It seems as if everyone in the world has an opinion about silver. Is it a bubble? Has it topped? Is it just consolidating before it goes to triple digits?
I have been trading silver directionally with a trend-following approach for many months, but recently exited all my long positions when I came to the decision that a top was imminent.
Still, silver looks way too attractive for me to sit on the sidelines, so now I am trading silver volatility instead of a directional play. The chart below from Livevol.com neatly illustrates my rationale.
Looking at the silver ETF SLV for the past six months, one cannot help but observe the ever-widening gap between implied volatility and historical volatility that has developed during the latter half of March. While it is certainly understandable that there is a great deal of uncertainty about the price of silver going forward, given the extreme recent volatility, I find it hard to believe that traders are betting silver will be about twice as volatile in the next month as it has been over the course of the last month.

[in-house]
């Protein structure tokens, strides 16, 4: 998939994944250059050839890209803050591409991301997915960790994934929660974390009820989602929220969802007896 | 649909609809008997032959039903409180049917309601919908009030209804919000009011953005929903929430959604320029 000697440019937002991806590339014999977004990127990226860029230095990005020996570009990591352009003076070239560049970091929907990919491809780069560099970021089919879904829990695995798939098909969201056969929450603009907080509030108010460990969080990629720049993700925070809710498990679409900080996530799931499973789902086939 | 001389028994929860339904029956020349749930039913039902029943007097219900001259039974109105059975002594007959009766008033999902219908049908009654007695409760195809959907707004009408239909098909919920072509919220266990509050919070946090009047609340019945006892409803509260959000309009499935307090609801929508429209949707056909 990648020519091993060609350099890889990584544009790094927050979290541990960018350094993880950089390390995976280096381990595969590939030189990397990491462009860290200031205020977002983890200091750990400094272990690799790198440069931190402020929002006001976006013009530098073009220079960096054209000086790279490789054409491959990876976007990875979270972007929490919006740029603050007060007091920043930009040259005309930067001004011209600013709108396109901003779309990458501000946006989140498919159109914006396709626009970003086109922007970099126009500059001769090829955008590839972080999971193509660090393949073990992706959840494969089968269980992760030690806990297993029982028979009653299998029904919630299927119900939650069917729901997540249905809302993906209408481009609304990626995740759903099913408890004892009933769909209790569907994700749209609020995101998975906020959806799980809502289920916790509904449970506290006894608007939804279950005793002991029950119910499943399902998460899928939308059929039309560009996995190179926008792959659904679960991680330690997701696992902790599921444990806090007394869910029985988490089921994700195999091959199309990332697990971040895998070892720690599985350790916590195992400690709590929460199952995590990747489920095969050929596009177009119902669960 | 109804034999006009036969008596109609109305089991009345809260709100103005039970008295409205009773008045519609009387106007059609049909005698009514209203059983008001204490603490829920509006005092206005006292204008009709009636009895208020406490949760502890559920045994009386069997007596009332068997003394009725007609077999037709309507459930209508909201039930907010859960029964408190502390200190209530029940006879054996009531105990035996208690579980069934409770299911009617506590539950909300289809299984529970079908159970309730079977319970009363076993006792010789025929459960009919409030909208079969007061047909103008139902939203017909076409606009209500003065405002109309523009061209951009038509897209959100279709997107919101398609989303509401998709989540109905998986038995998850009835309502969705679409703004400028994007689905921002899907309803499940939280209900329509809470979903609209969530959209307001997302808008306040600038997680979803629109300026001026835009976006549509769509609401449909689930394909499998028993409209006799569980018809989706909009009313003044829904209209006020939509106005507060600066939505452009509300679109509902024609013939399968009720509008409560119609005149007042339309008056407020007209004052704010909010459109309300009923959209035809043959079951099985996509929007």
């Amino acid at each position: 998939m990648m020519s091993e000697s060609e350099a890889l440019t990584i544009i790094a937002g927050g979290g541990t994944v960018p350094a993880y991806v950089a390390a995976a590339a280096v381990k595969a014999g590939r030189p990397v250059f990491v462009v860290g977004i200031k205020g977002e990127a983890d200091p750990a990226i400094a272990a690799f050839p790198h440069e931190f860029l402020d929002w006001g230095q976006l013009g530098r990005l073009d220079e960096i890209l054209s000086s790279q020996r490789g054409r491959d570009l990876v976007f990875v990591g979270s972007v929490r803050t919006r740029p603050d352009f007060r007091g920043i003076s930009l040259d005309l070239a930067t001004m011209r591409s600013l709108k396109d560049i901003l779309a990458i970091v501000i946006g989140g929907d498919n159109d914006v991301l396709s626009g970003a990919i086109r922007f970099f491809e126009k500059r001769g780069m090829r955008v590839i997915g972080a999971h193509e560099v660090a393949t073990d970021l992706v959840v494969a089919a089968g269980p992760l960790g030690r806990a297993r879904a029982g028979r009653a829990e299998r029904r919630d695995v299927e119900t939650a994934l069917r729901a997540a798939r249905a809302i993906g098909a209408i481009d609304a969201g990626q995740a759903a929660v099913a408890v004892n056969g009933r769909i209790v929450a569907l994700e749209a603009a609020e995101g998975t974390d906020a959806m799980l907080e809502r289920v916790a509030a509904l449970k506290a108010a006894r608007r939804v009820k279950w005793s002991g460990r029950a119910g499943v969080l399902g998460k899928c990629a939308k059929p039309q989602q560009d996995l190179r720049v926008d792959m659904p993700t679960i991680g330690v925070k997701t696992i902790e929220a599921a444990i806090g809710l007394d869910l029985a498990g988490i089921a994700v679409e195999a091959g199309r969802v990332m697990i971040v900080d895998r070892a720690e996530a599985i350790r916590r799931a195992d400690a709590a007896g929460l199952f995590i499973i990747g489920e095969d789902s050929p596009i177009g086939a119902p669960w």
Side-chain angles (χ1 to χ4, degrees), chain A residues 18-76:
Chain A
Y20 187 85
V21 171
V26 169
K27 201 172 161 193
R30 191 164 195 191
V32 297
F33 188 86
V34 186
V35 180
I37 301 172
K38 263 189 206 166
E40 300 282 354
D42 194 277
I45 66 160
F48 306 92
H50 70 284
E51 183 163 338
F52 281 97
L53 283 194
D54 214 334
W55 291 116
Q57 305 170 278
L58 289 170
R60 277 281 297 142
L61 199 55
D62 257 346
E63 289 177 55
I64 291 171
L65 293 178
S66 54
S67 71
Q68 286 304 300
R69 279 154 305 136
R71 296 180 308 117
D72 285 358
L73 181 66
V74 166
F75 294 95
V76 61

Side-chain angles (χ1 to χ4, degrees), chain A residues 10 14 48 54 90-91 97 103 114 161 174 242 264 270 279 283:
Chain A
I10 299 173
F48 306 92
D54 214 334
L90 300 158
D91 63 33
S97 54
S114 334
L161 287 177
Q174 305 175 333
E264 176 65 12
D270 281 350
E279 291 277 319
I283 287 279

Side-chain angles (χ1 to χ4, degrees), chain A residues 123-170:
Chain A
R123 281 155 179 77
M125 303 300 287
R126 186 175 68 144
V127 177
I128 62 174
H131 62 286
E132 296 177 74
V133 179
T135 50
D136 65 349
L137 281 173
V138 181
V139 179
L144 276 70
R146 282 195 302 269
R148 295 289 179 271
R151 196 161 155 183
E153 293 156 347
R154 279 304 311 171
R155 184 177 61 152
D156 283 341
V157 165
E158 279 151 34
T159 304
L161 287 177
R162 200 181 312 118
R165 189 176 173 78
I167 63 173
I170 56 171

For me this is a classic short volatility setup, with straddles, strangles, butterflies and condors looking to be pricing in an excessive amount of volatility. One need not necessarily structure those short volatility trades with the current price of SLV (about 44.18) at the midpoint of the spread. If one thinks silver has topped, why not sell a straddle at 43 or a strangle with a 40-45 spread? For now my focus is primarily a non-directional short volatility play, but one can also make a good case for a short volatility trade with a small directional twist, at least as I see it.
Of course, silver always presents some interesting pairs trading possibilities, typically with gold, but given the recent positive correlation between silver and stocks, an interesting approach is to look at short silver trades as a hedge for long equity positions.
Click to enlarge